Letters, calls and emails: Quality framework is turning upon us

Dear Editor

Well at least GPs know where they stand now, but why has it taken so long for the penny to drop (‘GPs on 600 points face PCT takeover’, GP 6 October)?

And where oh where was the forthright rebuttal we expected from our negotiators?

Philosophy in a moment, but is it legal for PCTs to put practices out to tender, based on performance in a structure that was originally designed to ensure that we got paid for high-quality continuing care in a limited number of areas of practice? And voluntarily, at that?

Consider: if I decide that care of the elderly, the mentally ill and those with complex physical,psychological or social problems takes precedence over the quality framework stuff, and proceed to target my time accordingly, how can a primary care organisation (PCO) claim that I am performing poorly?

And how would the medical office holders in that PCO feel if I then complained to the GMC about them? Would Dr Mo Dewji be happy defending himself?

Now the philosophy: what is quality? Better men than I — Robert Pirsig and Ahmed Risk — have devoted time to that question and I don’t think we have a simple definition that we can use in practice. Most of us know it when we see it but how to find it, that’s the problem.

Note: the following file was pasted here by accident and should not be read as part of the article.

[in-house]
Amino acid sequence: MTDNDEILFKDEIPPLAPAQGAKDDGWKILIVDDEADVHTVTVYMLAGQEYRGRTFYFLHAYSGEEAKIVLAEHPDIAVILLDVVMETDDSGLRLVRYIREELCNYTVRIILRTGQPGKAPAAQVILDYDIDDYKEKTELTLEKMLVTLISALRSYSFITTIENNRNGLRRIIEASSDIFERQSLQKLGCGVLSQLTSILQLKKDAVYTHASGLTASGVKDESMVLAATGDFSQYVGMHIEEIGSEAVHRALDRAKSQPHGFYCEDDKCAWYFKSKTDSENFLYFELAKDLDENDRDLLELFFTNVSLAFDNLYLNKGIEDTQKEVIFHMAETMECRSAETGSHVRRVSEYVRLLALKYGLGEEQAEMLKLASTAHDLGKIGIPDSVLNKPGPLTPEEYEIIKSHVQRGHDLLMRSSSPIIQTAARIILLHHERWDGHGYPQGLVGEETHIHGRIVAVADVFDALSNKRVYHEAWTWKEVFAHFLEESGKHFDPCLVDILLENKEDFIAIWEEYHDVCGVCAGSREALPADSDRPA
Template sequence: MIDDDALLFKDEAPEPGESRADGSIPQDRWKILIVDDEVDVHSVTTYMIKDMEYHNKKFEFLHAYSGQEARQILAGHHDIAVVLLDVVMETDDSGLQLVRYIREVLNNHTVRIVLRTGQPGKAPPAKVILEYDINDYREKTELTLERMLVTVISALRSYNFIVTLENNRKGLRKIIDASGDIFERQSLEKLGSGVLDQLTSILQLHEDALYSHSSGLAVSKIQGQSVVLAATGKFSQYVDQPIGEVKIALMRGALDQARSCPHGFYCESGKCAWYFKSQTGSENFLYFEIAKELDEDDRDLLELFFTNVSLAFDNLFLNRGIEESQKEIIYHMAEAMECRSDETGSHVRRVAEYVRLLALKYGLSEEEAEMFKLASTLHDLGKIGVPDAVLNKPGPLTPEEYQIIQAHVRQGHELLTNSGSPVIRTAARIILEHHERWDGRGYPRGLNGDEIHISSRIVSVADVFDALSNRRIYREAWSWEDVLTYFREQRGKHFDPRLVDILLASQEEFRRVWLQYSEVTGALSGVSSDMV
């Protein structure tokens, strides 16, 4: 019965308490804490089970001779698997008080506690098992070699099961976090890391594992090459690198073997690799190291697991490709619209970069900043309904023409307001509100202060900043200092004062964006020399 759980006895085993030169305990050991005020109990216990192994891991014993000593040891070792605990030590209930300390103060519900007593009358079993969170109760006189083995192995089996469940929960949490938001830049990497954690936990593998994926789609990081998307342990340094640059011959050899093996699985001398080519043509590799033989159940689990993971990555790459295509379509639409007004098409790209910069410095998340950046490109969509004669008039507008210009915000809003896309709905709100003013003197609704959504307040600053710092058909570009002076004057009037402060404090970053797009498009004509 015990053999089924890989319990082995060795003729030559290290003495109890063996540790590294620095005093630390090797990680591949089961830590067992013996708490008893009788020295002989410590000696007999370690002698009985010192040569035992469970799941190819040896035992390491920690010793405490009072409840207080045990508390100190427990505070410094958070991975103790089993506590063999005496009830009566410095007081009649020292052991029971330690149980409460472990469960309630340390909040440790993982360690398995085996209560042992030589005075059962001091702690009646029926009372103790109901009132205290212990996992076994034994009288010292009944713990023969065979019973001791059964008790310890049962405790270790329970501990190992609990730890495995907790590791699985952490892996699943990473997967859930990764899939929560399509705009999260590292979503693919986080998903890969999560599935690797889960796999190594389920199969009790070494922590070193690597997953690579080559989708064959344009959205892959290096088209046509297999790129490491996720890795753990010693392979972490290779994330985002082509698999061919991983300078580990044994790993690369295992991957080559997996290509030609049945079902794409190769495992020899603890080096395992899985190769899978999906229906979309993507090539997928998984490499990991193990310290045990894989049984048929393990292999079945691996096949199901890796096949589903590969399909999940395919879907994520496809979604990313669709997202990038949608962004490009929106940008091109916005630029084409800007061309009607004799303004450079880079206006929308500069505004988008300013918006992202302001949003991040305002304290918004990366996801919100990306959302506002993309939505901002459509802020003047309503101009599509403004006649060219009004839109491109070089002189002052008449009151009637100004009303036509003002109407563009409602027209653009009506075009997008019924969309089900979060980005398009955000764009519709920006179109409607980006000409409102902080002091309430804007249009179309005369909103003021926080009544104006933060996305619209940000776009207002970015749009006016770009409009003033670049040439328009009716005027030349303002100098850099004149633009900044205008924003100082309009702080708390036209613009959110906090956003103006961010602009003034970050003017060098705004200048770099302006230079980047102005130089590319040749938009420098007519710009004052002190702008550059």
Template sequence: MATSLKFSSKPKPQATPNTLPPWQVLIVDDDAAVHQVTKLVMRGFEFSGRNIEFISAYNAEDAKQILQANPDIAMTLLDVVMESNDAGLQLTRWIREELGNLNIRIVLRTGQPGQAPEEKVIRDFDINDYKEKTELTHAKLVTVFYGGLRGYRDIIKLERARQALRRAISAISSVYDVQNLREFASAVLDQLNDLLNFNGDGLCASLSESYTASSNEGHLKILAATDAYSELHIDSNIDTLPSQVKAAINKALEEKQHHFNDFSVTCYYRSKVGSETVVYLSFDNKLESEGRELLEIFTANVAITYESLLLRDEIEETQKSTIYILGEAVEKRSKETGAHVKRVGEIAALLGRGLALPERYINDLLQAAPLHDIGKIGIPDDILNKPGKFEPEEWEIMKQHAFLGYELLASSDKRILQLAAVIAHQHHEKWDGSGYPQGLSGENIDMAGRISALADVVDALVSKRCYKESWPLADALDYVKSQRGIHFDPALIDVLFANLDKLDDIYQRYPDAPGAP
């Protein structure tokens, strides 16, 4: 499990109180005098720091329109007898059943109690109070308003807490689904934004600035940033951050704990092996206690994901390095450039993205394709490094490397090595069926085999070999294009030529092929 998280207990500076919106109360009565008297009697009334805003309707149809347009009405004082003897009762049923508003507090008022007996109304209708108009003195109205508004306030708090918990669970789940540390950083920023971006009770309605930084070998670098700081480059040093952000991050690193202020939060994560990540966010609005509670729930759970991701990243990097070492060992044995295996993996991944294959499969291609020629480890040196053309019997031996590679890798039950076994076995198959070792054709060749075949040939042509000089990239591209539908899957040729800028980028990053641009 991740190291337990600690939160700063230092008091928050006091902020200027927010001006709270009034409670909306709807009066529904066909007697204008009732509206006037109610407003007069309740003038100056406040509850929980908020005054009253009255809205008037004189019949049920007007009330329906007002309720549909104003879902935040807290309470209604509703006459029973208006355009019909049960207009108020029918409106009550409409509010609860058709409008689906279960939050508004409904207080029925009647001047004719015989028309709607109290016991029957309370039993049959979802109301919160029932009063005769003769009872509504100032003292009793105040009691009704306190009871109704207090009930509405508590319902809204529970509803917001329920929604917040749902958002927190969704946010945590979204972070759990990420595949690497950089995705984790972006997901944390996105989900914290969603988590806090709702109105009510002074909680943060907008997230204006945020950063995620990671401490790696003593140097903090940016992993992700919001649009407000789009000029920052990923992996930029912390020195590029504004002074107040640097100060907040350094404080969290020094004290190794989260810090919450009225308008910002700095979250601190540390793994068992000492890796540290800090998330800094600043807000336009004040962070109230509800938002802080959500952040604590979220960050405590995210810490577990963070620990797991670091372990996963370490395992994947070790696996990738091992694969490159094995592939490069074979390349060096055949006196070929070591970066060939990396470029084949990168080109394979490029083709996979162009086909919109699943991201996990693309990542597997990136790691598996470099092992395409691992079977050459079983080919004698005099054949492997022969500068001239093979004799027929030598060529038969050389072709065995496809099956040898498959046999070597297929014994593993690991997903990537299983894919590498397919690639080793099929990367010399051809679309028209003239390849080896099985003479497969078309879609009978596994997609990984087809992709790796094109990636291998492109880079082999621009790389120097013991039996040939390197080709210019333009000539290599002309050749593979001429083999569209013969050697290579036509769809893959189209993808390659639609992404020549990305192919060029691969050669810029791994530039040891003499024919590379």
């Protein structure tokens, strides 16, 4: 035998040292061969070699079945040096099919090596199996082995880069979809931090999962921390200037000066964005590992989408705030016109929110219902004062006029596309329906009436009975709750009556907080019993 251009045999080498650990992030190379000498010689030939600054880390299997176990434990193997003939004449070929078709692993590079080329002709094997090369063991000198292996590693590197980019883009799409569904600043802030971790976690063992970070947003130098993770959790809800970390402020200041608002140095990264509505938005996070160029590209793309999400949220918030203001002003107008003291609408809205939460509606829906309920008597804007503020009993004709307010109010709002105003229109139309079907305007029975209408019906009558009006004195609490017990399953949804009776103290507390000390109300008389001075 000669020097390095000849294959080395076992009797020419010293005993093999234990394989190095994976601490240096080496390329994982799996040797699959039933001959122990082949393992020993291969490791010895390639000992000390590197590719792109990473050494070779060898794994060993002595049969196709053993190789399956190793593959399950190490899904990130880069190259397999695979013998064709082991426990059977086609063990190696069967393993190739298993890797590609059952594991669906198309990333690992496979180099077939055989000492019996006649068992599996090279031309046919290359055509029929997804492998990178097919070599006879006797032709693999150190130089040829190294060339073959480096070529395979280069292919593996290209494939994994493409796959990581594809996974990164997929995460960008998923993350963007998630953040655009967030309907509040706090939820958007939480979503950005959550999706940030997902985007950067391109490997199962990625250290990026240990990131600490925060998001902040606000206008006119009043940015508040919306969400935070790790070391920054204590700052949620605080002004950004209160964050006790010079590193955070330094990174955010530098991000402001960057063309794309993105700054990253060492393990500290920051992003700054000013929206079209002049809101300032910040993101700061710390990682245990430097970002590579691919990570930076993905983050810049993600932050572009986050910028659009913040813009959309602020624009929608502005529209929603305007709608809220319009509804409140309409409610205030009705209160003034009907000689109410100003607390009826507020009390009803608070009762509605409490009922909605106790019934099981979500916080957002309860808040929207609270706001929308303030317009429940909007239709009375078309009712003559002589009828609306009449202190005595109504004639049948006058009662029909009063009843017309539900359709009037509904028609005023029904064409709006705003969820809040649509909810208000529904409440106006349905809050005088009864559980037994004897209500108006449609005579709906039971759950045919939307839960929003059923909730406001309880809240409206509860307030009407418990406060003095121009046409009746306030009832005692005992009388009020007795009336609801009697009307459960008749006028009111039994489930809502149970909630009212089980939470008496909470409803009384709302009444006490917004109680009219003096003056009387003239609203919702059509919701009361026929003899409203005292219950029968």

So too with the quality framework structure, which really has very little to do with overall quality and has more to do with payment for work done. A cumbersome way of paying GPs, just like the monthly scrip is a cumbersome way of paying pharmacists.

Hence, and totally logically, it is seriously wrong to attempt to relate quality of practice with points scored. But we should have known the bureaucrats would try this one; they need sticks to beat us with, and they cannot understand any indicator of good practice that does not fit on a spreadsheet.

Dr Declan Fox
Newtownstewart, County Tyrone

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